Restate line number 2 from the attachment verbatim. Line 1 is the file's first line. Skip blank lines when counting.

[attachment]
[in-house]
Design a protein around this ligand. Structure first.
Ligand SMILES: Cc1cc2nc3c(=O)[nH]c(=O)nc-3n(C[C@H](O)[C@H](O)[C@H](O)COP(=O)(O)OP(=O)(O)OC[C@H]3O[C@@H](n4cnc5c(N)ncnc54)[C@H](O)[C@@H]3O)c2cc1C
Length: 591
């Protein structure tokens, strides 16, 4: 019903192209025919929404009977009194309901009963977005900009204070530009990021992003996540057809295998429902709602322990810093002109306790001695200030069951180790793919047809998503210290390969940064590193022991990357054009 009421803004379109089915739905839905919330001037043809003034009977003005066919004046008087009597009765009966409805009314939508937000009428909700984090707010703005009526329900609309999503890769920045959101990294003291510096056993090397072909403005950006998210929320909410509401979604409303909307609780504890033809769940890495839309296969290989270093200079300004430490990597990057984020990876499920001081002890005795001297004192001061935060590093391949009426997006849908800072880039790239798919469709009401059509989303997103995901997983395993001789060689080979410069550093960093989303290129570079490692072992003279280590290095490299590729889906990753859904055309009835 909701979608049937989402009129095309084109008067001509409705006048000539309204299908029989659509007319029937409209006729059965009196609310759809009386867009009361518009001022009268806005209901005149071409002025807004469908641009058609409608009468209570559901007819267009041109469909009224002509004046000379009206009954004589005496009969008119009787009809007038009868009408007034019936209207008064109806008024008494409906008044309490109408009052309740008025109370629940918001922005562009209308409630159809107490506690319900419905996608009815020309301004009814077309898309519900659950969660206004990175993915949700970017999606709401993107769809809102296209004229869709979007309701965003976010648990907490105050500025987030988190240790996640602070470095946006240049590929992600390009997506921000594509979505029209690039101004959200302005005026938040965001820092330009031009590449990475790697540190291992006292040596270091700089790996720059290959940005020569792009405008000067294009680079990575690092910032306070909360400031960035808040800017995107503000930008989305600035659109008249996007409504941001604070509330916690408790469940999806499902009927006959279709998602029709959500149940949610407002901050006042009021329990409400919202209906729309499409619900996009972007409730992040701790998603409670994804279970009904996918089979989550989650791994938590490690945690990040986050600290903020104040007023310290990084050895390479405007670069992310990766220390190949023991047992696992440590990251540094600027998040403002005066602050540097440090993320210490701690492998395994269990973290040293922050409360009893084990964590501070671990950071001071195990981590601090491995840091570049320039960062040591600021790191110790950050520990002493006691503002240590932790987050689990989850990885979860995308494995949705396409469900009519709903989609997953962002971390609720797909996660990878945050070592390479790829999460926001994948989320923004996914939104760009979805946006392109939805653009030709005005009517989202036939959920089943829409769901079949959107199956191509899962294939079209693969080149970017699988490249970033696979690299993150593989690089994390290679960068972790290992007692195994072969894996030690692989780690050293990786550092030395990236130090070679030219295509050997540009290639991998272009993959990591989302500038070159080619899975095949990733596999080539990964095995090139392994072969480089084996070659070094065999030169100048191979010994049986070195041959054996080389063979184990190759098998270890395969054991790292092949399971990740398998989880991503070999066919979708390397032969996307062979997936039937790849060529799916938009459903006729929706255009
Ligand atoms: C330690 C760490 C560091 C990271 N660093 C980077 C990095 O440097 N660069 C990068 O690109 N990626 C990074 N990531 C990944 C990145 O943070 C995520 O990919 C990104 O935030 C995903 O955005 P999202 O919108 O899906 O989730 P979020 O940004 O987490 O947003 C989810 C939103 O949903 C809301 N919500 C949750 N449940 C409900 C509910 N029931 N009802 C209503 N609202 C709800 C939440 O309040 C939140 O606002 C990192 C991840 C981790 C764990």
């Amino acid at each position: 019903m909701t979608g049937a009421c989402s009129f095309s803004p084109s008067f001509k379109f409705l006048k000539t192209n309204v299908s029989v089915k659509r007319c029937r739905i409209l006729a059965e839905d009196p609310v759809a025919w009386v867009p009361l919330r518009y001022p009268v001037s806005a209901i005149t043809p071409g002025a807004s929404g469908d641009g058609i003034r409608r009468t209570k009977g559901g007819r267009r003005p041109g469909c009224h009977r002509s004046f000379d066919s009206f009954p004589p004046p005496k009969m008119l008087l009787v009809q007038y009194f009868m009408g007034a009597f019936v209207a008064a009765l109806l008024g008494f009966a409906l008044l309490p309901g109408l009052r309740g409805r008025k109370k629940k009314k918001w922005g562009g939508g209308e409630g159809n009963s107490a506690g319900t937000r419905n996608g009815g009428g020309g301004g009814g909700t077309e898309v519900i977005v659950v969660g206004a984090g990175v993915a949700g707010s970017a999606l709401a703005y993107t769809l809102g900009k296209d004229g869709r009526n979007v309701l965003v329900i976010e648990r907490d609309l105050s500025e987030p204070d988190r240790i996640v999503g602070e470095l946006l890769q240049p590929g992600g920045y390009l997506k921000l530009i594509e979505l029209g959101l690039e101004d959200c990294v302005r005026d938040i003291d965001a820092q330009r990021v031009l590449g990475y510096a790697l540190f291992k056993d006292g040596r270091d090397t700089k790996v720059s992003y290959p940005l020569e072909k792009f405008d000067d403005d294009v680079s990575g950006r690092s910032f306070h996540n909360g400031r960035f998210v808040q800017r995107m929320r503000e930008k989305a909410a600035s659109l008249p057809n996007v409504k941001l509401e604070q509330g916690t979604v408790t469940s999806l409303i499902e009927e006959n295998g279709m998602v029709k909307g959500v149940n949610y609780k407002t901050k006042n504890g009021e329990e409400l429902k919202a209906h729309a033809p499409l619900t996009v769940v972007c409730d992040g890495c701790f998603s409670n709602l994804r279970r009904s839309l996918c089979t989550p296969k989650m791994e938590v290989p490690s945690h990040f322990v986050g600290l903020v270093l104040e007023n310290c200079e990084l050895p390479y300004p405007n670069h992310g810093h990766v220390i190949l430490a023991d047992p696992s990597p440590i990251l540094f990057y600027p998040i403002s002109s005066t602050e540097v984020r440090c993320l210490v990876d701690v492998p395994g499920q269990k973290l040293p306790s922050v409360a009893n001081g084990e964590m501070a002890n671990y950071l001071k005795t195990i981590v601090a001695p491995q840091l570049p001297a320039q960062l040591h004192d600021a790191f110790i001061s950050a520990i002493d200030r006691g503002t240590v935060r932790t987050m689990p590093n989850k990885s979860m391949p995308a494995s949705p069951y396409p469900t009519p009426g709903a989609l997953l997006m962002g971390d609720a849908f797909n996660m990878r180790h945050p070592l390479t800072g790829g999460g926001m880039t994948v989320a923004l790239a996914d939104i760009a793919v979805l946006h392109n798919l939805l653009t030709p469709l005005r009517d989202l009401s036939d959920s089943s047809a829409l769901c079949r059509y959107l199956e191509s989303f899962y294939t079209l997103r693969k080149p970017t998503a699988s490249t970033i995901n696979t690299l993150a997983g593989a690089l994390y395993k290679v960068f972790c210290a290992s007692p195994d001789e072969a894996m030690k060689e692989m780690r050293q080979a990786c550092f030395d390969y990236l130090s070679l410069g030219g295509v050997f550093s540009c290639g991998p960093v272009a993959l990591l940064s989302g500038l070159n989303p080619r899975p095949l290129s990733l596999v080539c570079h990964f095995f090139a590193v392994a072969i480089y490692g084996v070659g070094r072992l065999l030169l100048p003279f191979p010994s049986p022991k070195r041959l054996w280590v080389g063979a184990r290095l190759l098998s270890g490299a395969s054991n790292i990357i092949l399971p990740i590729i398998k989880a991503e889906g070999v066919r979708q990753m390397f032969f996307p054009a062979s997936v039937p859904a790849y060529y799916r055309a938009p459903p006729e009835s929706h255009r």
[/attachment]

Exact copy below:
Design a protein around this ligand. Structure first.